Screening methodology shifted away from only obtaining a patient history when, in 1964 in Boston, Massachusetts, John O’Sullivan and Claire Mahan invented the two-step oral glucose tolerance test, which physicians still commonly use as of 2020 to diagnose women with gestational diabetes. In the first step, the patient ingests 50 g of glucose, typically in the form of a solution, and waits one hour before having a technician test her blood glucose value. If that value is elevated, the patient undergoes the second step of the test. During the second step, a healthcare provider gives the woman a 100 g glucose tolerance test that lasts three hours instead of one. If the patient’s blood glucose value is elevated again, her physician will diagnose her with gestational diabetes. O’Sullivan, a physician, and Mahan, a statistician, worked together to establish the cut-off blood glucose values for diagnosis, later known as the O’Sullivan criteria. Although many organizations, such as the American Diabetes Association, adopted the O’Sullivan criteria, other researchers suggested that the cutoff values assigned to blood sugar levels in the test only accounted for the pregnant woman’s risk of developing long-term diabetes, and did not consider any risk to the fetus.
Disagreement within the medical community on the best ways to screen and diagnose gestational diabetes continued throughout the rest of the twentieth century. Between 1979 and 2005, leading medical professionals organized five international workshops to assess the strengths and weaknesses of gestational diabetes care. Norbert Freinkel, a physician and former president of the American Diabetes Association, organized the first international workshop which occurred in Chicago, Illinois, in October of 1979. During that workshop, participating medical leaders decided that physicians should screen all pregnant women for gestational diabetes between weeks twenty-four and twenty-eight of gestation, which is the time pregnant women are most likely to develop the condition. In the second and third workshops, held in 1984 and 1990 respectively, leaders agreed that patients with gestational diabetes should be encouraged to engage in moderate physical activities, and should undergo a glucose tolerance test at their first follow-up appointment after delivery. The fourth workshop, held in 1997, focused primarily on improving screening methods for women who had a low risk of developing the condition, while the fifth workshop, held in 2005, reviewed new information relating to management strategies and long-term complications.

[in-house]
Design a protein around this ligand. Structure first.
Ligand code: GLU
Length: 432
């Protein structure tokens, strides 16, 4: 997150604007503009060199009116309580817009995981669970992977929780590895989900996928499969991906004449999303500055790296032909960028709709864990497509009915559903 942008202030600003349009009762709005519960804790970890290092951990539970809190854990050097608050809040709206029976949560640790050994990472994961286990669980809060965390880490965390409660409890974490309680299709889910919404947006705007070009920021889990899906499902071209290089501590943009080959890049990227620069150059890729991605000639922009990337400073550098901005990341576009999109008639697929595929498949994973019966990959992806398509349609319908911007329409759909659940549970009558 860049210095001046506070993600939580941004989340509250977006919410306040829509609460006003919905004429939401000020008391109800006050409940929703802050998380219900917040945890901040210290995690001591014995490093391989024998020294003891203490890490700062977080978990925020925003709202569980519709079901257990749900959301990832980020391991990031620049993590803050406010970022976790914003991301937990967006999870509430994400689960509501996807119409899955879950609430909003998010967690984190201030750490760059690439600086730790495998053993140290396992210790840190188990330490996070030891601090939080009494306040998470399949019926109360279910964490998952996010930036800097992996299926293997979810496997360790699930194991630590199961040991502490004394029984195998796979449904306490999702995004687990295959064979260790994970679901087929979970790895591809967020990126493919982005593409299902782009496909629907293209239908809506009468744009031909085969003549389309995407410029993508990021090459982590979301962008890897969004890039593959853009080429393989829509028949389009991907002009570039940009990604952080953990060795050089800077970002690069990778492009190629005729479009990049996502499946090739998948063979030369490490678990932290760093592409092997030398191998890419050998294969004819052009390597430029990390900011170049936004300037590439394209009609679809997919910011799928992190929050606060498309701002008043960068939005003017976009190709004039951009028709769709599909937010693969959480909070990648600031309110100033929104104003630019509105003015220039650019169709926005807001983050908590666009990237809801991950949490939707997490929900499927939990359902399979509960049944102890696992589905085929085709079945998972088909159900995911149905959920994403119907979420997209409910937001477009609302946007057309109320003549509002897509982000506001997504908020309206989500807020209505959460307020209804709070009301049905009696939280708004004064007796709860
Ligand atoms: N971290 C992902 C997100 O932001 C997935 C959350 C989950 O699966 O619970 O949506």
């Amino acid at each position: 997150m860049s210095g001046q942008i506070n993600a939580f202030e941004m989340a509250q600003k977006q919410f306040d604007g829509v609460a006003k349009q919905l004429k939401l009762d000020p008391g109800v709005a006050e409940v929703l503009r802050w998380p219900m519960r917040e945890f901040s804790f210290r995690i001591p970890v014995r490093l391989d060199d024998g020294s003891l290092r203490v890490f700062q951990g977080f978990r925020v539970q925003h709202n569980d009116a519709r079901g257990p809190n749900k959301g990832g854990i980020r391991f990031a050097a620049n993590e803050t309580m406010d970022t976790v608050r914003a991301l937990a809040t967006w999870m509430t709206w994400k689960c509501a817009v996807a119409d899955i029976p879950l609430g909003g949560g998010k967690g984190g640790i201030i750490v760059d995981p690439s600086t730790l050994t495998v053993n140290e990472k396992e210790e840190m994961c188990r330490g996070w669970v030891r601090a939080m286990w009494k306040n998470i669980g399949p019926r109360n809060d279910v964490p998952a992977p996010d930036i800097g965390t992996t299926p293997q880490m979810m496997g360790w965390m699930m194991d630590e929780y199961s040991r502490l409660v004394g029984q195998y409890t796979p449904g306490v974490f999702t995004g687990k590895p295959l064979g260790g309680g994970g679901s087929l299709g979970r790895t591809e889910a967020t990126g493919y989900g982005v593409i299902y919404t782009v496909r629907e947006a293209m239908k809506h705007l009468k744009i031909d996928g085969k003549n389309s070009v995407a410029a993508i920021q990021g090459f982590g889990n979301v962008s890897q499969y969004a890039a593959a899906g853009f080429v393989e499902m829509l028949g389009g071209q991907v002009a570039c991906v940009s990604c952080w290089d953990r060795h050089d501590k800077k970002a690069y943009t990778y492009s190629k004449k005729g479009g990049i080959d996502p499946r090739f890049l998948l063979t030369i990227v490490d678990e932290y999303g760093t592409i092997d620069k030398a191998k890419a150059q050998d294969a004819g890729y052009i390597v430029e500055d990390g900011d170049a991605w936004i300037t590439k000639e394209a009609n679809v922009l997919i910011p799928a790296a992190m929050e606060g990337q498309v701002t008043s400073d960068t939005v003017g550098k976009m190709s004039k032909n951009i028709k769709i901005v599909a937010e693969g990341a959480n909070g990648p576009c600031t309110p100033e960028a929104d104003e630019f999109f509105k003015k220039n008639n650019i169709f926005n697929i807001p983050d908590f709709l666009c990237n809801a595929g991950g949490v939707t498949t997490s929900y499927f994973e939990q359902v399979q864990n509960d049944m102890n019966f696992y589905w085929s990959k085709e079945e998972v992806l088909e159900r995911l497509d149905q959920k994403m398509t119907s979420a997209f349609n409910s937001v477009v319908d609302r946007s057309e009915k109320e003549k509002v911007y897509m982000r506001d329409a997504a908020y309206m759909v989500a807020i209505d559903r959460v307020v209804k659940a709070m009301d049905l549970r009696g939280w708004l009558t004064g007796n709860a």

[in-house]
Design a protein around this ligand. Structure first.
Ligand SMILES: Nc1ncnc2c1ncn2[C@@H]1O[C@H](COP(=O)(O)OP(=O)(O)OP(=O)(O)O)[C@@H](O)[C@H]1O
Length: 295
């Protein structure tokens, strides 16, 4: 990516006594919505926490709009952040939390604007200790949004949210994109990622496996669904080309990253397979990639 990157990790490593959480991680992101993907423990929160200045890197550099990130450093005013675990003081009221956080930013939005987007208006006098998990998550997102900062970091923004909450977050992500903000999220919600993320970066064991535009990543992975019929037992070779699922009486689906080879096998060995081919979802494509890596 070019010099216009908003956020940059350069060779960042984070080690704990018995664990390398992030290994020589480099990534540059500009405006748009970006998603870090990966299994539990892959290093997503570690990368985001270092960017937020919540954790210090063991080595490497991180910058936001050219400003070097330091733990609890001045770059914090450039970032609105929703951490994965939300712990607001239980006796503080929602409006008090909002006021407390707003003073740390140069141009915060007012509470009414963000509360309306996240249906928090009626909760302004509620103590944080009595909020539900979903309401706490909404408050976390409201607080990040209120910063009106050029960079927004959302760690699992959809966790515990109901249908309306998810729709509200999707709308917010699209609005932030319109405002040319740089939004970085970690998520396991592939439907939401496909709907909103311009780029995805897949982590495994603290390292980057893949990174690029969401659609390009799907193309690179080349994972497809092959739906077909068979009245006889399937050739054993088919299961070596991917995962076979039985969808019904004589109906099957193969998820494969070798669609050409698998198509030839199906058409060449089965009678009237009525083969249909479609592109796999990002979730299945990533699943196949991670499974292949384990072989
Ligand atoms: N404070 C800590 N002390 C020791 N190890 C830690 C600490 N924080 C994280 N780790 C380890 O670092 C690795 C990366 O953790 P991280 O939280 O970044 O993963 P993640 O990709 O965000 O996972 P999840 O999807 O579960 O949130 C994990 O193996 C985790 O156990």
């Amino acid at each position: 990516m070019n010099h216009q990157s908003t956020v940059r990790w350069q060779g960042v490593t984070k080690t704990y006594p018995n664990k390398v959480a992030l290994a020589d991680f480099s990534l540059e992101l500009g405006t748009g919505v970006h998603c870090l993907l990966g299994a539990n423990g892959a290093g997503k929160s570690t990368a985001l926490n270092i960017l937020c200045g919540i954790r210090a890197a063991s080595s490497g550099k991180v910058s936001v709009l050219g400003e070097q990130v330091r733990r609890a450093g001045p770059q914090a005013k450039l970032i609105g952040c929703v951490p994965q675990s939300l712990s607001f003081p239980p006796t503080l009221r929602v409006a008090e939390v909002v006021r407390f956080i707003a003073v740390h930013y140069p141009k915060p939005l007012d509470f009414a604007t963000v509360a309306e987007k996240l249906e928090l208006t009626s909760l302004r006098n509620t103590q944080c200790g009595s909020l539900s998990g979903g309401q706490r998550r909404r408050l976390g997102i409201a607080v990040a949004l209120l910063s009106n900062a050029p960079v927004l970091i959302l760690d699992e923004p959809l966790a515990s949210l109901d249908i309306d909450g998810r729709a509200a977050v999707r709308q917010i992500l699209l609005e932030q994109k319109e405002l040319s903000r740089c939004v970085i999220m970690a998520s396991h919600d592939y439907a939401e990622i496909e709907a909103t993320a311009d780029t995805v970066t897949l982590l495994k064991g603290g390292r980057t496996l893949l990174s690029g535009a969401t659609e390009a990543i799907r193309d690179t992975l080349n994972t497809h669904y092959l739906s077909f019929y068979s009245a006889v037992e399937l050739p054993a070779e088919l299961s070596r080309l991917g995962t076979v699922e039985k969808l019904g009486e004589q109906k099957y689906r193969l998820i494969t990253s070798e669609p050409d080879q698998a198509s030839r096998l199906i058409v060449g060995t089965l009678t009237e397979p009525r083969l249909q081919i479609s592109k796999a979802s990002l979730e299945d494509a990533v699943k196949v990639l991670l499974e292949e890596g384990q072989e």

Despite the frequency of international workshops, as of 2020, the medical community has not reached a universal consensus on effective parameters for diagnosing gestational diabetes. Many medical organizations differ to an extent with their recommendations. For example, the National Institutes of Health recommends the two-step oral glucose tolerance test, whereas the International Association of Diabetes and Pregnancy Study Groups advocate for a one-step test. Critics of the one-step test argue that when healthcare professionals diagnose a woman with gestational diabetes after only one abnormal value instead of two as seen in the two-step glucose tolerance test, more pregnancies become unnecessarily medicalized and a greater burden is placed on the healthcare system. However, supporters of the one-step approach argue that it is more cost-effective and provides better neonatal outcomes. According to the American Diabetes Association, there is evidence supporting both approaches, but they note that more long-term studies are needed to establish a universal approach for diagnosing gestational diabetes.
As of 2020, doctors know that some women are more likely than others to develop gestational diabetes, and those who do develop the condition may exhibit certain symptoms to indicate their diagnosis. Although it is possible for women without any risk factors to develop gestational diabetes, women who are overweight or obese have a higher risk of developing the condition. Women who have previously had gestational diabetes or have a family history of diabetes are also at greater risk, in addition to women who have polycystic ovarian syndrome, or PCOS. Women with PCOS experience symptoms such as small fluid-filled sacs develop in the ovaries, increased testosterone levels, and elevated risks for high blood pressure, heart disease, and type 2 diabetes. Many women who end up developing gestational diabetes do not have any noticeable symptoms. However, some women may complain of increased thirst and more frequent urination.